The Offload: early signs the Andy Farrell era will be progressive

Incoming coach says embrace the setbacks, Springboks look too big for Ireland to handle

Farrell points the way forward

Indications are strong that Andy Farrell will take Ireland in a progressive direction post World Cup. The Wigan Rugby League legend, father of Owen and proven defensive expert on two successful Lions tours has fronted more media sessions than usual at the World Cup.

He answers questions as directly as possible. With Mike Catt’s attacking mind being added to the mix, the 2020 campaign could be an improvement on Joe Schmidt’s - so far - ill fated final season in charge.

Farrell offered an interesting take on the Japan defeat, and how it can be moulded into an advantageous situation, if the pain is harnessed correctly, on the eve of Ireland’s lacklustre dismissal of Russia.

"I think with a setback you can use it in the right manner. If you look at the last three World Cups; South Africa losing to Japan and they lost the semi-final [to New Zealand]. If you look at 2011 France seemed to be in disarray and there's a debate about whether they should have won the final [New Zealand squeezed home 8-7 in the end].


“In 2007, I was part of the England squad that got a thrashing off South Africa and there was a bit of turmoil in that camp and they managed to get to the final. There was a debatable try that was disallowed [the Springboks prevailed 15-6 after Mark Cueto’s try was disallowed].”

None of those teams won the World Cup but they all went where no Ireland team has ever been before (beyond the quarters). “So, you can use [setbacks] to your advantage. They’re not ideal but if you use them to your advantage they can be powerful.”

Farrell is not suggesting the Irish players enact a mini revolt against the head coach, similar to what England in ‘07 and France in ‘11 did, but they do need to take control of their own destiny before it is too late.

By the numbers

218 - South Africa wing Cheslin Kolbe's metres covered with ball in hand in two games at the World Cup.

O’Shea on sizeable Springboks challenge

The Offload is officially clutching at straws but at least Ireland know how to beat the All Blacks because Rassie Erasmus’ Springboks represent everything Leinster [v Saracens] and Ireland [v England twice] have run aground against in 2019.

Don’t take our word for it. Italy coach Conor O’Shea was very clear about what he witnessed at The Ecopa stadium on Friday night.

“Thankfully I don’t have to stand in front of them. They are massive. They are powerful. They have got X Factor out the back as well.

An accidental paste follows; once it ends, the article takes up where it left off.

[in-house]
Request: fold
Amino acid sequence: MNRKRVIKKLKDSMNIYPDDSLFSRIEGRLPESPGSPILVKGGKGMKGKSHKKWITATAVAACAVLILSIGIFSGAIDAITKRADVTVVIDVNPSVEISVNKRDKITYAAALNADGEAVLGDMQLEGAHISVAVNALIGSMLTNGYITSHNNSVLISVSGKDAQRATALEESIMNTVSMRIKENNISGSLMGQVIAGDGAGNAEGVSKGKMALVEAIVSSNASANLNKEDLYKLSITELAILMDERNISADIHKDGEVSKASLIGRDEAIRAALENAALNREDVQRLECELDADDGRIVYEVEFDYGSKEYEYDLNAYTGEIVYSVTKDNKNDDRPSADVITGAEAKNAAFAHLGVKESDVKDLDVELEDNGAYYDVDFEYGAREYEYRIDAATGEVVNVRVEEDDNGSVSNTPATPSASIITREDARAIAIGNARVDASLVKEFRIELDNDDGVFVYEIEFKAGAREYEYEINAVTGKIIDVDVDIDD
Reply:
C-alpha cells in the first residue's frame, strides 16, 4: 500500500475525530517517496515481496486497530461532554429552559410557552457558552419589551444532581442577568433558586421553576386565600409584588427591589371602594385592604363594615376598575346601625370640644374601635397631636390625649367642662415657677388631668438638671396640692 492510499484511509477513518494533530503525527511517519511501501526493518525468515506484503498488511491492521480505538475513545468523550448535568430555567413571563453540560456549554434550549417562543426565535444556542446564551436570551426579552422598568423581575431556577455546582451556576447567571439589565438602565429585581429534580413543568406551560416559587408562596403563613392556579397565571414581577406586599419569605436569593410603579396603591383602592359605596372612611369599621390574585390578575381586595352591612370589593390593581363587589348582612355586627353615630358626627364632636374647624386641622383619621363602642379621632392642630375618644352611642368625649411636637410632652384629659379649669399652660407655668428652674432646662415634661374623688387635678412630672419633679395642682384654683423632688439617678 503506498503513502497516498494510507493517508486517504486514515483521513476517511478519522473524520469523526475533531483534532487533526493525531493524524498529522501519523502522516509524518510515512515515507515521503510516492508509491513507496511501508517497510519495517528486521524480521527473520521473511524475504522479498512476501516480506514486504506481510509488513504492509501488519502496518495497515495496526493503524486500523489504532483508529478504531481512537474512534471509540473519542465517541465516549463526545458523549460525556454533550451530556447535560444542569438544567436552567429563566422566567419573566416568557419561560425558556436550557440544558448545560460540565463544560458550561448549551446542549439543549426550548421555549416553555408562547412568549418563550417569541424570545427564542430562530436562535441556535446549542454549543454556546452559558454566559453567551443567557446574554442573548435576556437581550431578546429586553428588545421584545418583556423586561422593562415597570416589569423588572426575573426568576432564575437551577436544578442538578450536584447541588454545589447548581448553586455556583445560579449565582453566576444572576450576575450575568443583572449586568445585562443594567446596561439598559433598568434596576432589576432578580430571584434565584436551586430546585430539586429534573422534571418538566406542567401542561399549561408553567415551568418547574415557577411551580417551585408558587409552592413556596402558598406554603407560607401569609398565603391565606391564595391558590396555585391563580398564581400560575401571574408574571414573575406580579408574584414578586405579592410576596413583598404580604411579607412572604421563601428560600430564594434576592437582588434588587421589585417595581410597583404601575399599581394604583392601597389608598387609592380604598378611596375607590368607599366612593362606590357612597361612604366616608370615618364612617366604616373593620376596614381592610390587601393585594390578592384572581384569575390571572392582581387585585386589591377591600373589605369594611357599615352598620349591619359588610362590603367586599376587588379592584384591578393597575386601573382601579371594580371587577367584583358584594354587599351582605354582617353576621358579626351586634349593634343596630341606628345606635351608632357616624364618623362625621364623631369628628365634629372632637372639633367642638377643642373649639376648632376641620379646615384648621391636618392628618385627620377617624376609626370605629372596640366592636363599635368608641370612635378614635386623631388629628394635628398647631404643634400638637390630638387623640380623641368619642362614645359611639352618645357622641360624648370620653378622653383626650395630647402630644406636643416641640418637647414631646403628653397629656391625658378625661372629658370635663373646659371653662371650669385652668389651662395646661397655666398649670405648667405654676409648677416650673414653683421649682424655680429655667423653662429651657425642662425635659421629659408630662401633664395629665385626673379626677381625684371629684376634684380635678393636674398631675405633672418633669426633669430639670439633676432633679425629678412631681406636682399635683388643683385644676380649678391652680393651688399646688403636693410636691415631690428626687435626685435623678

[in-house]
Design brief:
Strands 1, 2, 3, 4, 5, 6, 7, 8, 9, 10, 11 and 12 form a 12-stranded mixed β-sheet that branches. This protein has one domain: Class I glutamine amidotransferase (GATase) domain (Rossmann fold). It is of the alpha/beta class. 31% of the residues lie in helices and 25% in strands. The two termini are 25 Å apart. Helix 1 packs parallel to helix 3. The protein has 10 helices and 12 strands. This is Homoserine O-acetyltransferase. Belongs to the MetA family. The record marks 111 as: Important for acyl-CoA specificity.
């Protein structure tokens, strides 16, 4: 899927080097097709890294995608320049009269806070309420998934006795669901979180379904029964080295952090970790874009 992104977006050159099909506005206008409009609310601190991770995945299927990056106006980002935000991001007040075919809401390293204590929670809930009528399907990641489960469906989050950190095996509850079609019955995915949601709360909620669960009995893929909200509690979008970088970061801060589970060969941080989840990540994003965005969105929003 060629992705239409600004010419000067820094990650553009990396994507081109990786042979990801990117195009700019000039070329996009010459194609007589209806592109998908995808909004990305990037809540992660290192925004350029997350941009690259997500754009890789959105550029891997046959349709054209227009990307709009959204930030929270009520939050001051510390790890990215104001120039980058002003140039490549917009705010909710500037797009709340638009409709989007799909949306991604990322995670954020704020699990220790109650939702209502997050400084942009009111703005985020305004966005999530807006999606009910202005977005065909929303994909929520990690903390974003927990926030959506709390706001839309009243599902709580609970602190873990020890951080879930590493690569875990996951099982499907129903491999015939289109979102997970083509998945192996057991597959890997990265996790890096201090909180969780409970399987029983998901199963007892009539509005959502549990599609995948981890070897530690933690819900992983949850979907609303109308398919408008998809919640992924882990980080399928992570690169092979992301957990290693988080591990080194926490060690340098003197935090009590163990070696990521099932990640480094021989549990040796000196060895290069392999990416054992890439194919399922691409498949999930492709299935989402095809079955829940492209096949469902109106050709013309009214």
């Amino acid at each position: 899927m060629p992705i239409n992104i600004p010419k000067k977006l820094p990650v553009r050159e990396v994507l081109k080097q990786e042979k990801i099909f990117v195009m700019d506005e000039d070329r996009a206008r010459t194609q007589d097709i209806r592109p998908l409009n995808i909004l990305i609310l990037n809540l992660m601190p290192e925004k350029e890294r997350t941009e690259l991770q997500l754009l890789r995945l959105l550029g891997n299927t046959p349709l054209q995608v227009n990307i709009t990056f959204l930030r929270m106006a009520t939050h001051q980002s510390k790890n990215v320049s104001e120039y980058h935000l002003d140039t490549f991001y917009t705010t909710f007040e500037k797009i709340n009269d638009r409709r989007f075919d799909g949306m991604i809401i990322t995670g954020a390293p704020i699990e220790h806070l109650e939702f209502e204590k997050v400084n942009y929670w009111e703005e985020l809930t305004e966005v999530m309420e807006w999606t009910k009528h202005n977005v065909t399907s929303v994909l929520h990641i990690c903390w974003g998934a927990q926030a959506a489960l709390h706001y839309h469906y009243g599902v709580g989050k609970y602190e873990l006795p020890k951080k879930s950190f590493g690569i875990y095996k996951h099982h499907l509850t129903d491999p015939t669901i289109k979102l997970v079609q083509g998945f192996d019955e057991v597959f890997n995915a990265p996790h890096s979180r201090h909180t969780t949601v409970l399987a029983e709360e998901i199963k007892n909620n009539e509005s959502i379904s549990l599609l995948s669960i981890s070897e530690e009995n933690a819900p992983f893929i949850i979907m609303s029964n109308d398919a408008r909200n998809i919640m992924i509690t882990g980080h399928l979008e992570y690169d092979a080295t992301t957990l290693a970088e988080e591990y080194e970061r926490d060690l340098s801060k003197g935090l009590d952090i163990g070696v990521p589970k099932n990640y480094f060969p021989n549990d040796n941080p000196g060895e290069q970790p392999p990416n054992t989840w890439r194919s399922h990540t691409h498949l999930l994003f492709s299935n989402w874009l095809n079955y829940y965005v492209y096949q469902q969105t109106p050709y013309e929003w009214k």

“Potentially the most powerful sides I have seen on a rugby pitch. They are going to be very, very difficult to stop. The match against New Zealand was a lot tighter. It hinged on moments like all these big games do. They are formidable.”

The way it pans out, if Scotland beat Japan then Ireland face South Africa on October 20th but if Japan prevail in Yokohama then it's Ireland versus New Zealand [Schmidt versus Steve Hansen part five] the previous day.

Never thought we’d see the day where the All Blacks is the preferred opponent but O’Shea is right; the Boks look far too big for Ireland to handle.

Quote of the week

"These are not meant to be ironman competitions, but they're turning into that." – Russia assistant coach Mark McDermott rebrands the World Cup

Boks in social media storm

Shoo-Gate. South Africa call their bench "The Bomb Squad." They come in and dismantle or detonate – whichever – in the last 20 minutes. All you need to know is they finish games with bigger men than they started. The primary members of the bomb squad are RG Snyman - the humongous lock - and Frans Steyn - the massive utility back who as a teenager kicked the Springboks to world cup glory in 2007.

Twitter folk saw a bunch of white South Africans celebrating in a huddle after victory over Italy on Friday night and a black winger Makazole Mapimpi (inset) seemingly being excluded, while making a slight hand gesture, and screamed “racism!” at the top of their social media lungs.

“There was nothing wrong there with what they were doing – we are united as a team,” said Mapimpi as Steyn’s name began to trend. It sort of looked like Steyn was shoo-ing Mapimpi. This was not case with even head coach Rassie Erasmus feeling the need to intervene: “It is so sad that somebody could see something negative in that. I can give you my word, I as a head coach would not allow anything like that in the team. There is nothing like that in the team. For those that want to see something negative, I guess they will find something negative.”

That’s why Twitter exists. Pure negativity.